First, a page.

The infant Orari River marks the end of the day’s muster. Beyond the river, which here is merely a trickle of crystal water bled from the snowfields of the Two Thumb Range, Horse Spur rises in a rounded fold of russet and gold tussock. The mob will be left on the spur to be gathered up tomorrow: the final day of the muster.

But the wethers, creatures of habit and suspicion, are reluctant to cross even this small creek bubbling across grey shingle between grassy banks smudged with matagouri. The dogs move the mob to the water’s edge. An older wether leaps across and soon the mob is following. The sheep string out across the hillside beyond.

Crossing the Orari River.

The musterers sit in the tussocks discussing the day’s work. Each has a story of good runs by their dogs and difficult sheep which had to be carefully extricated from a gully or ridge using cunning and skill.  The runholder arrives in a 4WD with flasks of tea and a fruit cake. The dogs sprawl around in the sun, mark their territory with squirts of piss, occasionally snarling at errant youngsters.

The wethers have dispersed across the face of Horse Spur. The afternoon sun glitters on the waters of the Orari River as it begins its journey down through the muscular hills. The musterers load their dogs onto the 4WD for the long journey back to the homestead.

At dawn tomorrow, the musterers and their dogs will once again be out here among the tussocks and rocks, mustering the Merino wethers ahead of them as they move across the flanks of the High Claytons like shadows on the hill.

The High Road to Central

There is gold in these here hills…

West of Duntroon, beyond the limestone caves with their Maori rock art, beyond the fertile river flats where sleek cattle graze and sheep stare stonily from boggy paddocks, the Danseys Pass Road enters the gorge of the Marawhenua River. The hillsides, cloaked in scrub and pine trees, close in until there is only enough room for the river and the road.  The Danseys Pass Holiday Park stands on a sunny bend where the river flows through a deep rocky pool, then the road steps across the river on a Bailey bridge and begins its climb up the flanks of the Kakanui Mountains.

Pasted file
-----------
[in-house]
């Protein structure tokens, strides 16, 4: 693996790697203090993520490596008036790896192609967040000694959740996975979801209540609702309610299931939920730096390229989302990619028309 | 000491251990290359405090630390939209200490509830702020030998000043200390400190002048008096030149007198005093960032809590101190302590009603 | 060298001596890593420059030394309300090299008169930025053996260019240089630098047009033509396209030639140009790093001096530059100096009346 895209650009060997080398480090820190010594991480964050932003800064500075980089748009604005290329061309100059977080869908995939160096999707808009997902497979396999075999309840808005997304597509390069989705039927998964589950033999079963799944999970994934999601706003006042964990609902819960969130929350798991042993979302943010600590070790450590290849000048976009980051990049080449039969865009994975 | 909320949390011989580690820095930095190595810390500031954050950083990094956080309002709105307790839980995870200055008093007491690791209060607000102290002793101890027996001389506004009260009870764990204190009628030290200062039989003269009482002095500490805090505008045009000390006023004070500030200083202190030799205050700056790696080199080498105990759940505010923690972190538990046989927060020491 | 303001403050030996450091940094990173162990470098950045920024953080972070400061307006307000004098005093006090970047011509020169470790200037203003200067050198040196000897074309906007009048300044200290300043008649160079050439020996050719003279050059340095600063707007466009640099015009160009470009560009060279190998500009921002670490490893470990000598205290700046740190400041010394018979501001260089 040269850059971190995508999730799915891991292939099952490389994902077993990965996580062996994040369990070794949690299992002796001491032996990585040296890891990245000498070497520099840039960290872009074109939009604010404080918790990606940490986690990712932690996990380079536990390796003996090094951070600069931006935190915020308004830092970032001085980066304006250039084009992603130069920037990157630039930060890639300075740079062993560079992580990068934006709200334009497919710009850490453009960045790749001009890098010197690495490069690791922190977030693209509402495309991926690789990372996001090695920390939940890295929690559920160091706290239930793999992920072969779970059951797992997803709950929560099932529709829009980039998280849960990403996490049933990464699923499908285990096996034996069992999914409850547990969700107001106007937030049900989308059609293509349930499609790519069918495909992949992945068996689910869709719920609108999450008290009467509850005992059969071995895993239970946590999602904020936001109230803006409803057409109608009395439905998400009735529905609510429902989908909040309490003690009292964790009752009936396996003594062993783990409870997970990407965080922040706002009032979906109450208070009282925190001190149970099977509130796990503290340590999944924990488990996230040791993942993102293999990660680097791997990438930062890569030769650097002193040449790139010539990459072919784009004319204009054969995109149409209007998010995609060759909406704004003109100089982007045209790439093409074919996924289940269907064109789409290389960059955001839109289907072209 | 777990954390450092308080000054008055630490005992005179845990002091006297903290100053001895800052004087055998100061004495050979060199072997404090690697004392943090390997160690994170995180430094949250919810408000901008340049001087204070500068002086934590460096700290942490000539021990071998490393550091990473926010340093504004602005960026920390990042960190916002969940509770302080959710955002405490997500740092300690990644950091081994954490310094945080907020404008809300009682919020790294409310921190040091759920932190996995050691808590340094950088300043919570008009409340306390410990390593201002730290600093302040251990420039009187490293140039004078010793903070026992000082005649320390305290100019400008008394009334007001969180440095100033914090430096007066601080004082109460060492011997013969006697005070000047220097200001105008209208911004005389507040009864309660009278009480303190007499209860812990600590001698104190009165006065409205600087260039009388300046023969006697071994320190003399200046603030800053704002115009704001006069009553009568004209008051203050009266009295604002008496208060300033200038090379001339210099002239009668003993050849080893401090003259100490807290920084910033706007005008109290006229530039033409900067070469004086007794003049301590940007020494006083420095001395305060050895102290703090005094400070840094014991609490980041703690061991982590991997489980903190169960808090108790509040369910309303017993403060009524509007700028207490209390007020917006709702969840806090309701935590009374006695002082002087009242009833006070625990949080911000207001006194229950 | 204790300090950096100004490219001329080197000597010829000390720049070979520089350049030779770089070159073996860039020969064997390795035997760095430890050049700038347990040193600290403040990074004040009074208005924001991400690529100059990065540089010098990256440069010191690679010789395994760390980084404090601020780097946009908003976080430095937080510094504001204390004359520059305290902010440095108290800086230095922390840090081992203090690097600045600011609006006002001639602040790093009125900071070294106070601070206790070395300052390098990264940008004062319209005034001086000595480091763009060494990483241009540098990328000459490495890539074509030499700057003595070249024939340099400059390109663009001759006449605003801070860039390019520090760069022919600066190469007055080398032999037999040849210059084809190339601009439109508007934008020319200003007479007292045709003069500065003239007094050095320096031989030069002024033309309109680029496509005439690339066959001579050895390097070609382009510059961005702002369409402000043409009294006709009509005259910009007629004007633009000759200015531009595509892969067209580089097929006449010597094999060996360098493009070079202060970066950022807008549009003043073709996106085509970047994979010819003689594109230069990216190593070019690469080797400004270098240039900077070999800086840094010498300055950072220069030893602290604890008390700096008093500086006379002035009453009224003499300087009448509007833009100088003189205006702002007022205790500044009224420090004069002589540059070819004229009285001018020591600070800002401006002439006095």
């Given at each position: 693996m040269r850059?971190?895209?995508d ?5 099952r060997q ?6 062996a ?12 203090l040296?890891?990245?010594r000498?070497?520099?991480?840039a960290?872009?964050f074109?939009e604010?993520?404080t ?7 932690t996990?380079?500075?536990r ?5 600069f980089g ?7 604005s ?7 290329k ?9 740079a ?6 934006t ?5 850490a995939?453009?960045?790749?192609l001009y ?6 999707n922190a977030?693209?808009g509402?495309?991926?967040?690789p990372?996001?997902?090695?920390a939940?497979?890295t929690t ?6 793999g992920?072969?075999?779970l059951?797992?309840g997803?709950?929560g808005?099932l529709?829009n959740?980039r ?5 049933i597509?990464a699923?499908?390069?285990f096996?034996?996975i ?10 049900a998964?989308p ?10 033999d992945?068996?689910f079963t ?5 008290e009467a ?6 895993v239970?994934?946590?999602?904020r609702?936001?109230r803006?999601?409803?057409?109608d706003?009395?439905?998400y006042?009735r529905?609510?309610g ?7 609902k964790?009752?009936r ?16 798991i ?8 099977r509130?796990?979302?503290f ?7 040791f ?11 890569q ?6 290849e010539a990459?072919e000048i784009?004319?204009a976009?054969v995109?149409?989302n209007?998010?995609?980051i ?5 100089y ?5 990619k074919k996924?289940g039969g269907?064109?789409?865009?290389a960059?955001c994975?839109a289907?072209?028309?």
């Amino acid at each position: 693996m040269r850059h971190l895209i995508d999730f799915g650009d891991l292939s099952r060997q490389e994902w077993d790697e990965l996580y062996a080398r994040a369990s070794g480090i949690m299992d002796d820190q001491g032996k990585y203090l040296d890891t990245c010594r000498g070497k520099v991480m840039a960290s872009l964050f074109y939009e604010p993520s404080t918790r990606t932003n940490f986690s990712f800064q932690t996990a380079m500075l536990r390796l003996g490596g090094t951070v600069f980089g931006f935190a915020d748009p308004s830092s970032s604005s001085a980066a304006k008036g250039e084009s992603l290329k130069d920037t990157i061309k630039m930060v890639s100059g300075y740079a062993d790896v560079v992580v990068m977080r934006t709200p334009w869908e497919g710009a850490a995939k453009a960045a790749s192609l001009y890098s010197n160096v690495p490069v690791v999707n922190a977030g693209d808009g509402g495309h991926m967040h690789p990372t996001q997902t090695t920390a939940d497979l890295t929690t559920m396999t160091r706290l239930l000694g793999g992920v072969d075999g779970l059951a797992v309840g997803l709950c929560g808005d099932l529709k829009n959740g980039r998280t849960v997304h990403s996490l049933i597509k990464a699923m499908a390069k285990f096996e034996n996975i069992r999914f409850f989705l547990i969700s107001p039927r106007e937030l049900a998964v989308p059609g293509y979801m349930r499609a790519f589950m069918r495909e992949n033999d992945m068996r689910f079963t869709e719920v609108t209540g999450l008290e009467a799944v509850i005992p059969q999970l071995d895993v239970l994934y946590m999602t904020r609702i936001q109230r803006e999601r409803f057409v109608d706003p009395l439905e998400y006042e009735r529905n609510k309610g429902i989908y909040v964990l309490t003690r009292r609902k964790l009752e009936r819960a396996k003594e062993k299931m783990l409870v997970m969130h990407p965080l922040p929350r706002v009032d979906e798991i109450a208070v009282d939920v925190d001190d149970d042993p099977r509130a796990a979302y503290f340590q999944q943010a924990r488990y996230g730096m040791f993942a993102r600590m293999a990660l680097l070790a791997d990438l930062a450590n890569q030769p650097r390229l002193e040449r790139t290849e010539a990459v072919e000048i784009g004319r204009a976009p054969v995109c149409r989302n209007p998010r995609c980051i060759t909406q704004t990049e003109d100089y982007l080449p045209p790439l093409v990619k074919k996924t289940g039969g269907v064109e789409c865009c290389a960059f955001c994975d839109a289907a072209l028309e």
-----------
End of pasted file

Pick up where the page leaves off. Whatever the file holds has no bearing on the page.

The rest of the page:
Sheepdogs, Danseys Pass on the South Island of New Zealand.
Sheepdogs, Danseys Pass.

There is gold in these here hills.  Side creeks, descending in steep gullies, show signs of sluicing from olden days when gold rushes were a regular occurrence in these parts.  Prospectors still fossick in the riverbed, looking for traces of colour in their gold pans and clues to the ever-elusive Mother Lode.

The road, surfaced with the fine pink quartzite gravel of North Otago, undulates along a ridgeline past woolsheds and farm buildings. There are rows of baled silage, wrapped in long plastic sausages, and muddy tractors parked in fenced enclosures.  Snow posts mark the edges of the road and big, bushy snow tussocks wave in the constant breeze blowing down from the tops.

The Danseys Pass road began life as a stock route for sheep and cattle being driven over into Central Otago from the stations of the Waitaki Valley. Gold miners followed, their pots and pans clanking on the sides of their bullocks as they crossed the ranges en route to the goldfields of the Maniototo. Today, a steady stream of tourists travel the road which is well-maintained and perfectly safe for 2WD vehicles.